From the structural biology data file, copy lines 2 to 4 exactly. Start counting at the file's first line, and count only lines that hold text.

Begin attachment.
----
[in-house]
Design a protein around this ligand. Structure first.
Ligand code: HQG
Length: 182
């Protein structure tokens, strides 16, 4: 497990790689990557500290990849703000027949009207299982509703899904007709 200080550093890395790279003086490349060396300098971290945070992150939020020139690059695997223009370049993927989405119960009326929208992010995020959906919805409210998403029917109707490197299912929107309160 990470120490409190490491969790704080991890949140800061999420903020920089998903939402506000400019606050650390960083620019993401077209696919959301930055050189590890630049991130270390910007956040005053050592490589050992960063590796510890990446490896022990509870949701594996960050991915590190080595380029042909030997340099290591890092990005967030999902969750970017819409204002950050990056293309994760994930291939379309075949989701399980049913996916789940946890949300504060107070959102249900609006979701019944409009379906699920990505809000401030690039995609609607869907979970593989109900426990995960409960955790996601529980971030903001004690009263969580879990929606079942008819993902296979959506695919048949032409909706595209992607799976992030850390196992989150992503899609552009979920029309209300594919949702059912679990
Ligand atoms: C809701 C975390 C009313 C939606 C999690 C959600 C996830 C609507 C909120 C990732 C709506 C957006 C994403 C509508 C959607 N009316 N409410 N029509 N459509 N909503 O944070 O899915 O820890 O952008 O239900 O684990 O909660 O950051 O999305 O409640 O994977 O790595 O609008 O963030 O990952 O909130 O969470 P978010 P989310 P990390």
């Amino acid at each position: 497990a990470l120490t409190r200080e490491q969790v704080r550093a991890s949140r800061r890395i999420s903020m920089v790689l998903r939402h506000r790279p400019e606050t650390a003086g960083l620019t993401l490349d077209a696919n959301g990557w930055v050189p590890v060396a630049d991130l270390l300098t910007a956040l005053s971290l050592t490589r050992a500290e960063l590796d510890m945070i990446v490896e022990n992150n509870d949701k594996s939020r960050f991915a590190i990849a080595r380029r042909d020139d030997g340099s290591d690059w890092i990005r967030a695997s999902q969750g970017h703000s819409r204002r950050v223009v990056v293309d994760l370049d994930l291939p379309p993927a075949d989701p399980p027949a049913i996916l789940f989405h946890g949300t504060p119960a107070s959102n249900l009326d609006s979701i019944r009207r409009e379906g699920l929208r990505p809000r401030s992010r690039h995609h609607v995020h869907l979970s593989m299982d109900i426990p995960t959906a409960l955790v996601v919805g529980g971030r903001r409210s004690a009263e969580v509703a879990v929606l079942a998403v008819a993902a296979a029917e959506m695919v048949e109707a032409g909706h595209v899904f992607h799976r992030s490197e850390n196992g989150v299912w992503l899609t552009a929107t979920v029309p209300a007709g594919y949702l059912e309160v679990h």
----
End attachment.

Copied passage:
Design a protein around this ligand. Structure first.
Ligand code: HQG
Length: 182